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HELP!!!<br><br>
One of my girls was SO frustrated today. She typed a short story on the computer (plain word program). Some misspellings, but she let me help her when needed. Then she went to add more 'writing' to with a pen, well she can't write very well (physically) and gets VERY MAD when it does not look 'right' she was trying to write a v and it looked like an L . She scratched it out and then tried again...then got upset that the 'scratch out' would not go away....finally I talked her through it, but then she was upset because she was trying to write 'invite' and it did not 'look' right (she did invit and envet and inveyeted ) and she was very upset. She knew it was not right, did not know how to fix it, but would not let me help. She would not have known how to spell it on the computer either, and it still would have bothered her---but the combination of spelling it 'wrong' (she knows it is wrong) and trying to handwrite it is overwhelming. Yet, she asks to do this type of activity. ARGH!!<br><br>
Now the idea to 'write' was her idea and her story. I suggested if it was making her frustrated, we should put it away for now. NO. I can help her spell. NO. asked her why she wanted to do this if it was making her mad. I WANT TO DO IT RIGHT!! ON MY OWN!! I CANNNNNTTTT........temper tantrum ensues.<br><br>
How do you help a child that is trying to do something they 'can't yet, but want to?!?!? (especially if they can do it in an 'alternate' format--for her typing) Then they get SO.MAD. about it. she WANTS to be able to write small and clear, but her physical abilities are not there she still write in block letters mixed upper and lower case.<br><br>
HELP!! What is a good way to handle it??? She is very Type A personality.<br><br>
**luckily my other DD will likes to dictate her story and I type it. a much better idea, but the DD mentioned in the above scenario does not want to do this and I dont want to -make- her do anything that is academic-y if she does not want to, she will get enough of that in school (they are 4 in PreK)**
 

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What you've got there is a budding perfectionist.<br><br>
I think that my DD is also a perfectionist at her core, but I've talked up how everyone makes mistakes and it's fun to make mistakes so much that she's currently on a big mistake-making kick. She was writing today, and before she did anything she said, cheerfully, "Okay, now I'm going to make a mistake." <img alt="" class="inlineimg" src="http://www.mothering.com/discussions/images/smilies/lol.gif" style="border:0px solid;" title="lol"> We talk about how nobody is perfect, and how even if you could be perfect that would be boring, and how everyone is different and does things differently.<br><br>
Now that she's really wanting to write by hand a lot, we've been talking about how the important thing is that other people can tell what you've written. We've talked about how when you're not very good at something, you have to practice to get better. I think it helps that my MIL recently sent me a puzzle book that I'm pretty bad at and I've been slowly working through it, talking about how it's hard and I'm not good at it, but I'm going to keep doing it until I <i>am</i> good at it.<br><br>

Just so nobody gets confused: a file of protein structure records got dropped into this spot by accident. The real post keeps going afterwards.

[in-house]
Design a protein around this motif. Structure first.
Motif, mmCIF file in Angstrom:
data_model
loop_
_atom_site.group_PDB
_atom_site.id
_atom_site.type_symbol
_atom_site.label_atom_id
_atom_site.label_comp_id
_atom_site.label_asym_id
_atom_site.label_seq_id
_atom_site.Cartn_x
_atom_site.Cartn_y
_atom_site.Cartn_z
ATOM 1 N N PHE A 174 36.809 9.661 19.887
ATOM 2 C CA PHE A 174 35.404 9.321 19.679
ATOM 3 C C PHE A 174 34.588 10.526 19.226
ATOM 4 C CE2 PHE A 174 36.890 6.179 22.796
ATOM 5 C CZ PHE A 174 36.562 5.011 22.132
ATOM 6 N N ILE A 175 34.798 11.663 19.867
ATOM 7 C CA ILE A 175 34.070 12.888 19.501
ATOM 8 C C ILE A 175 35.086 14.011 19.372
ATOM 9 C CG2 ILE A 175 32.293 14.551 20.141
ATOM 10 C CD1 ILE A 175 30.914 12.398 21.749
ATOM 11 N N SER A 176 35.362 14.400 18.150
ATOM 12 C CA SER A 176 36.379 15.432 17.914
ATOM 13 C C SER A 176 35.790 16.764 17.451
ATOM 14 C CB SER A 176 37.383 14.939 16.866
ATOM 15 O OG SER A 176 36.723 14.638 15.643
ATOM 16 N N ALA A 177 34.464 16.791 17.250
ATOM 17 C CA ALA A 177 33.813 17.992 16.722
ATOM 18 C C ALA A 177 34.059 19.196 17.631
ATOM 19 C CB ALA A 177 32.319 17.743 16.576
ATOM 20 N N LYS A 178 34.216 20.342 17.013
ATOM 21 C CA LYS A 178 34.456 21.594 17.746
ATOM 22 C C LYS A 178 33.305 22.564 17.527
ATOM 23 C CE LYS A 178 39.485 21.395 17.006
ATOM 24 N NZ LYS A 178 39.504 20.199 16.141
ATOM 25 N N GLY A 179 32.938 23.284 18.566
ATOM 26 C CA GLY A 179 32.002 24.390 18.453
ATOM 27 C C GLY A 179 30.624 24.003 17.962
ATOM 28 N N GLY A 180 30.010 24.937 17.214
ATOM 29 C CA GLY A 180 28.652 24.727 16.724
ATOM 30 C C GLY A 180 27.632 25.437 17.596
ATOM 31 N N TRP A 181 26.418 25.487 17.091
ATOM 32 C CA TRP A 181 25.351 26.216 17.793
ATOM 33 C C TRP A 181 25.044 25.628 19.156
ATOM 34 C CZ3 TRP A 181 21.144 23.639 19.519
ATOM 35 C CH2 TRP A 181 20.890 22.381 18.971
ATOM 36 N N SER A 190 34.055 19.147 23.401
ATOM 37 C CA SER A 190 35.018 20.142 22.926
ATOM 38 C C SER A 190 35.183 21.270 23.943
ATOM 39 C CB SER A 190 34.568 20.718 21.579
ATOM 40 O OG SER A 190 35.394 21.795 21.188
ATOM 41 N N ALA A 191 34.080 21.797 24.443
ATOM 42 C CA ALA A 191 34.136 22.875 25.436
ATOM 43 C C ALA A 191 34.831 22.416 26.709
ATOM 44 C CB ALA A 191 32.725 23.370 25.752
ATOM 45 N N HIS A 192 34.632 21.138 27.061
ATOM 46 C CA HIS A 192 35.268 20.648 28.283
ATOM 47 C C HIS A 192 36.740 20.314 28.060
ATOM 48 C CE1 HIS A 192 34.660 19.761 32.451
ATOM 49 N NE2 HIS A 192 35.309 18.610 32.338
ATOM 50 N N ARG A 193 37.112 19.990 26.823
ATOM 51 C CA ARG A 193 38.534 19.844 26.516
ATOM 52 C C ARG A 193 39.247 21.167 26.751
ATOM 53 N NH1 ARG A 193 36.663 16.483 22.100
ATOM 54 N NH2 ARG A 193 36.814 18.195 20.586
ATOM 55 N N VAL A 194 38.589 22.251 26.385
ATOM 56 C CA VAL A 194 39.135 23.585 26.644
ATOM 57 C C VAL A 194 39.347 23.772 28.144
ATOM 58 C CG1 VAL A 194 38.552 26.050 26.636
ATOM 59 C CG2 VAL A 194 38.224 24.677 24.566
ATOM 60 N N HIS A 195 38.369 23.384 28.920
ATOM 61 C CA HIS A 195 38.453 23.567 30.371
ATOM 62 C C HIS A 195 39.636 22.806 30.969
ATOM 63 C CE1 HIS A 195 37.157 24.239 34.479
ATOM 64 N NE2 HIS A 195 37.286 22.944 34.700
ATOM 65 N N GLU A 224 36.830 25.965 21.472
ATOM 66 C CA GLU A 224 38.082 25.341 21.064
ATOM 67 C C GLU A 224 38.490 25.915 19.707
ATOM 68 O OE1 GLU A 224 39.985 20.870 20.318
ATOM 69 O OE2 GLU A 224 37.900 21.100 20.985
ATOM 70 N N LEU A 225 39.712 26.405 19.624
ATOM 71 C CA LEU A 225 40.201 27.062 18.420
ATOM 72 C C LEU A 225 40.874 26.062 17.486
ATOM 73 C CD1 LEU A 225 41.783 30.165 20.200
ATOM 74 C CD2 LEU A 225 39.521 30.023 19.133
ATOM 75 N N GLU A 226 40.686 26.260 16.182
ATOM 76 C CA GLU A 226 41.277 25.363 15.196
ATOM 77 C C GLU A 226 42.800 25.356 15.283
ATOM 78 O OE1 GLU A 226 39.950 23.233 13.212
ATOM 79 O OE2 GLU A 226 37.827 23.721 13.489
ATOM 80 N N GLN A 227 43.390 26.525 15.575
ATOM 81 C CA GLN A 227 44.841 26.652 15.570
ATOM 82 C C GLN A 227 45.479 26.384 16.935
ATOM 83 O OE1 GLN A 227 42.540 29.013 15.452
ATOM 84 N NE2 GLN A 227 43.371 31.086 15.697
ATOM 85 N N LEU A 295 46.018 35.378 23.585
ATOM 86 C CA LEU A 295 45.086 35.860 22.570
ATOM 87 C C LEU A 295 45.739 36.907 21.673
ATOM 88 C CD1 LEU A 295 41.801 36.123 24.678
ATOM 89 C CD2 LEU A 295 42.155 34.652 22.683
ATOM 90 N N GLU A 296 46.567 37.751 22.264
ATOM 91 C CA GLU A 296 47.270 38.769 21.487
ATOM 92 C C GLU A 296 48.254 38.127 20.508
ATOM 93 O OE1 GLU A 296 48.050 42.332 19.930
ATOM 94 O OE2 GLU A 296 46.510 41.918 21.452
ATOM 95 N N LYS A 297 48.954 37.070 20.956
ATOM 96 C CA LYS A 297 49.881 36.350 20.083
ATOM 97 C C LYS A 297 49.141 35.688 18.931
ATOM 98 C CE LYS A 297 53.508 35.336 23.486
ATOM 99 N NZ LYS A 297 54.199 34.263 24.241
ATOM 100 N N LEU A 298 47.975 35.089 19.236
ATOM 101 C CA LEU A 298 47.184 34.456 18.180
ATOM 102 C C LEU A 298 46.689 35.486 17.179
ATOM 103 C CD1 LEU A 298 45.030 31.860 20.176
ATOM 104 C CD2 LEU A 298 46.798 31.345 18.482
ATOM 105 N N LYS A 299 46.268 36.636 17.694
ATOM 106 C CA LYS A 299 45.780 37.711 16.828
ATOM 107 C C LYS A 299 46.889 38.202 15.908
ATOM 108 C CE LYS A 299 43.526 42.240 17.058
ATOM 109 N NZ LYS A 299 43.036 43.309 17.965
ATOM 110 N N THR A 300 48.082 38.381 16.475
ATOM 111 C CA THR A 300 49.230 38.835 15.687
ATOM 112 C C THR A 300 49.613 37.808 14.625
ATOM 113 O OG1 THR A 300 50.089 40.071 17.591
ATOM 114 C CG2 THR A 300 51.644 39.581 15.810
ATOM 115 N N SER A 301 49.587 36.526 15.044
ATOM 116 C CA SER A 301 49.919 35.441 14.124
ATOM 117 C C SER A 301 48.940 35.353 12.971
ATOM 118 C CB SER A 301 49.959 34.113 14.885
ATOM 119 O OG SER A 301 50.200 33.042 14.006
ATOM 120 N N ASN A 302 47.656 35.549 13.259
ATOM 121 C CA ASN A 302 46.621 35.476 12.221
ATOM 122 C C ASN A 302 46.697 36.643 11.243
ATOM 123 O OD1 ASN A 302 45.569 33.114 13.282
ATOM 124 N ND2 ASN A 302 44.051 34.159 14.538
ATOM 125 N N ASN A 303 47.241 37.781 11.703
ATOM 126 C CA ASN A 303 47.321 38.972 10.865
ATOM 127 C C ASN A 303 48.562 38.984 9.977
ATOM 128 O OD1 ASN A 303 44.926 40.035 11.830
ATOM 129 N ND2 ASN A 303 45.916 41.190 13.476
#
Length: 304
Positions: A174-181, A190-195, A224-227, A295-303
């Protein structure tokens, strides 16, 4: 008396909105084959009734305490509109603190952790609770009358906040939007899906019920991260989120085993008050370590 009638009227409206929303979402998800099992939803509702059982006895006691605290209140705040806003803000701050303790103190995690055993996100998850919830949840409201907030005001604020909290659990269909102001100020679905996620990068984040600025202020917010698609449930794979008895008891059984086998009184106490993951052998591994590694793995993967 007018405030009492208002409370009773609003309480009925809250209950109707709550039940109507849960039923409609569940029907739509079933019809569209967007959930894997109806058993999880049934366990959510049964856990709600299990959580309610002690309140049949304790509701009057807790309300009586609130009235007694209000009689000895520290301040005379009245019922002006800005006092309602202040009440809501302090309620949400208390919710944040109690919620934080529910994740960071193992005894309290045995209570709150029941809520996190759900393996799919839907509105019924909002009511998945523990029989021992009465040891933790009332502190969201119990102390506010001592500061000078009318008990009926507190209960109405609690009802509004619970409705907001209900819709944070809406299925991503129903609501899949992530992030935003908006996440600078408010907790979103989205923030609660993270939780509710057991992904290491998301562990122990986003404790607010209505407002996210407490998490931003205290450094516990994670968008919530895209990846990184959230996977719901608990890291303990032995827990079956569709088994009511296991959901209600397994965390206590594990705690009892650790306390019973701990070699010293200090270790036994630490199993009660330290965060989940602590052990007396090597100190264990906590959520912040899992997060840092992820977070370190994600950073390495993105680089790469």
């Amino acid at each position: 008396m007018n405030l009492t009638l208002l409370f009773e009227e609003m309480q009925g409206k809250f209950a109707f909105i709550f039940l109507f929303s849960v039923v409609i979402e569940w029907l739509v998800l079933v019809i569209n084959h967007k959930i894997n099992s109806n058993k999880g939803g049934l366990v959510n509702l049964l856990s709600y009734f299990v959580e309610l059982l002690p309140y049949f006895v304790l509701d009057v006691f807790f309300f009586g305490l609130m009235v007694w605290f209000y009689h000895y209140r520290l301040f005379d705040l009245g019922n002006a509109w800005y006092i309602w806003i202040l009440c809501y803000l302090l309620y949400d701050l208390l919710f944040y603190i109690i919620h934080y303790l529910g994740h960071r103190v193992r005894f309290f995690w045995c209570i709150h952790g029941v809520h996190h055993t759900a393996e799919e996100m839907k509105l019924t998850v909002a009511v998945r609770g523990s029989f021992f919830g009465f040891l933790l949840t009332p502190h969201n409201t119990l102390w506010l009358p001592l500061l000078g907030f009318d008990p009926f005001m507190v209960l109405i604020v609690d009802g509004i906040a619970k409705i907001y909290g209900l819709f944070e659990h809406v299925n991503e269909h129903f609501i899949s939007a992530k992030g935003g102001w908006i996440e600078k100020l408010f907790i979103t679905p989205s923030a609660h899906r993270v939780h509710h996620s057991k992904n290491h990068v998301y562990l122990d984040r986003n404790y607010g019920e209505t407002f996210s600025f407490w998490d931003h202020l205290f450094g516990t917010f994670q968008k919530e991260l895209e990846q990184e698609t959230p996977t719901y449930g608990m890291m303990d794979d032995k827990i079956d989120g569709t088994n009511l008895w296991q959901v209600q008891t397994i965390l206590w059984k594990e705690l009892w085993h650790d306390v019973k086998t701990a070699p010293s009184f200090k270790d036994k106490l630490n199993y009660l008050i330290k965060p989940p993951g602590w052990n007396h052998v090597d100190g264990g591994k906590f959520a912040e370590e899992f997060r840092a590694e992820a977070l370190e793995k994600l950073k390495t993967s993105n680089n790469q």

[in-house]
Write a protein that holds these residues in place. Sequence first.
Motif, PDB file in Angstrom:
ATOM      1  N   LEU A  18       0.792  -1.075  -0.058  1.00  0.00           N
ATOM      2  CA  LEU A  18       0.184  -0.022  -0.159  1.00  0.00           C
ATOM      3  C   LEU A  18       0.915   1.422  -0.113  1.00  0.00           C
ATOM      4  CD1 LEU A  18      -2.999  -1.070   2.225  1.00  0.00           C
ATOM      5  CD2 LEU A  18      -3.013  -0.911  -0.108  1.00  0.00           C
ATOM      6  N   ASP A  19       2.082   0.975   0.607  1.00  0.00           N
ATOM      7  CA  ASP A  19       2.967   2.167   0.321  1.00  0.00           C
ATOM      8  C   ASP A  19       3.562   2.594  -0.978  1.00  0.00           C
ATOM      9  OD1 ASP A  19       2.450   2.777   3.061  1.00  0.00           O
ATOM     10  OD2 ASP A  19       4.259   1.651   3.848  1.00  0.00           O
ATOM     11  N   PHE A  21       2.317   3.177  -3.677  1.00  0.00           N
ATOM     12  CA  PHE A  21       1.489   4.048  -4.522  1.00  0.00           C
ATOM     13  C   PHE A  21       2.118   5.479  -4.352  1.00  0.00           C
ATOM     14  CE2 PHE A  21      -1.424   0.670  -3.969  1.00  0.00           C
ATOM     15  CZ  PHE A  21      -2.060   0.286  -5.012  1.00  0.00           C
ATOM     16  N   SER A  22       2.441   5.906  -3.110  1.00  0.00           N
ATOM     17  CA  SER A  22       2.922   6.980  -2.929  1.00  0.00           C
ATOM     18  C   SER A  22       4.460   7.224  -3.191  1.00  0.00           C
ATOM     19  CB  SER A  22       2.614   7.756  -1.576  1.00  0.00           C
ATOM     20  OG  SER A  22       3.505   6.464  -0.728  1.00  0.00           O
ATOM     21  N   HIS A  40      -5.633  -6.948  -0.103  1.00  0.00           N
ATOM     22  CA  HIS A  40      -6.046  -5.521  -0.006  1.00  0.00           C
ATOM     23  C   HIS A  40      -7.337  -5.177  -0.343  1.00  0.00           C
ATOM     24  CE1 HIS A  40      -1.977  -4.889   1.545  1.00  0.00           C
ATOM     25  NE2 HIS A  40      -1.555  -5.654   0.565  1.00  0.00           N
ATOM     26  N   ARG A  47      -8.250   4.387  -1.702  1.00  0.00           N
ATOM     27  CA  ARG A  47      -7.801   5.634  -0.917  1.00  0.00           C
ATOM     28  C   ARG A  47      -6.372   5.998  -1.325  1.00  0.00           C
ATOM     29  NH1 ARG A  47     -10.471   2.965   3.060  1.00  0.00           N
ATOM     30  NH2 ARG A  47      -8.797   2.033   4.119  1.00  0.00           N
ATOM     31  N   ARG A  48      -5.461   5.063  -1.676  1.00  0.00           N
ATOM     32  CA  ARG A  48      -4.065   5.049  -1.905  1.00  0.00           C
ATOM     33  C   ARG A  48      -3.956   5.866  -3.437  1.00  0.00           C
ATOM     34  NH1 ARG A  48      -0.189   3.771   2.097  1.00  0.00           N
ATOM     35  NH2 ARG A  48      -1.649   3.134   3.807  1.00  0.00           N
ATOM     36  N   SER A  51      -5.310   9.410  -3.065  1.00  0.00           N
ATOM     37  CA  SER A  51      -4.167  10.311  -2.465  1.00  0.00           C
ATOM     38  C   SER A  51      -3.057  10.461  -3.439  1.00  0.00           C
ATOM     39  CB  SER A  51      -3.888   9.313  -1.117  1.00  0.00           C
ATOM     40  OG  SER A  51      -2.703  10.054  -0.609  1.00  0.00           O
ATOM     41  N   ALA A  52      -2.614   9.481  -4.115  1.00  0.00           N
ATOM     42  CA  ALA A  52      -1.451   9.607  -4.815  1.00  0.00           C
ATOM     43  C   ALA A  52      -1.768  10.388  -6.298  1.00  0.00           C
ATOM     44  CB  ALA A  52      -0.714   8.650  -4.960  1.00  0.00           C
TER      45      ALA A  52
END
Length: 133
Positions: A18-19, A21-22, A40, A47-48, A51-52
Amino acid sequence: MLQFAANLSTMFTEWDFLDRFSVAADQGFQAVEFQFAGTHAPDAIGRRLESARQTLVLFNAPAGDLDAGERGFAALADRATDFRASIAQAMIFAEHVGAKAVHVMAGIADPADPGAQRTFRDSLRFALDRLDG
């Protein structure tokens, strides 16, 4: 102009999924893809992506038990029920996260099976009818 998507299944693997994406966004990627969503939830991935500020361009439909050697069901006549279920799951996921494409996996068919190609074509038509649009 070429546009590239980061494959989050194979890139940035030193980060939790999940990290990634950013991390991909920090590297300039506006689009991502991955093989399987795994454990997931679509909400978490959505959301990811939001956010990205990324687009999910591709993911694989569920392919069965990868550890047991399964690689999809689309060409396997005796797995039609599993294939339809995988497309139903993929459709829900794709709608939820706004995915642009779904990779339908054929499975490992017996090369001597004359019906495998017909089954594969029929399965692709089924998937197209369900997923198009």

I don't know how long this will keep the dreaded perfectionism at bay, but so far it seems to be (mostly) working. <img alt="" class="inlineimg" src="http://www.mothering.com/discussions/images/smilies/thumb.gif" style="border:0px solid;" title="thumbs up">
 

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Oh, we went through a BIG bout of that last year right around this time -- when my son started realizing that he couldn't draw and write like he wanted to, or like some of the other kids in his class could (it was his first time doing writing, cutting, colouring, etc with peers).<br><br>
A few things that helped were already mentioned -- talking about how we learn through practice and making mistakes, and showing him how even I learn through mistakes when I make one. I am always starting sewing projects, so when one wouldn't work as planned and I would be ripping out stitches I would talk to him about how the idea in my head didn't come out like I planned it, so I had to try a different way. This was really good for him.<br><br>
Mostly with him, just giving him phrases to remind himself of and to hang onto can keep the frustration at bay a lot -- the two his teacher is reminding him of these days are, "I can just take my time and do my best." and "What's important is that I'm trying my hardest".<br><br>
He is s-l-o-w-l-y learning to walk away and come back later if something is frustrating him (especially something he's started himself) and I am slowly learning to back off and let him try, and maybe fail, and maybe freak out and throw whatever it is everywhere, and then encourage him to take a break and start over again when he's ready (or at least pick up the mess). I find the more I hover and remind the worse he gets.<br><br>
Hope that helps. Hang in there.
 
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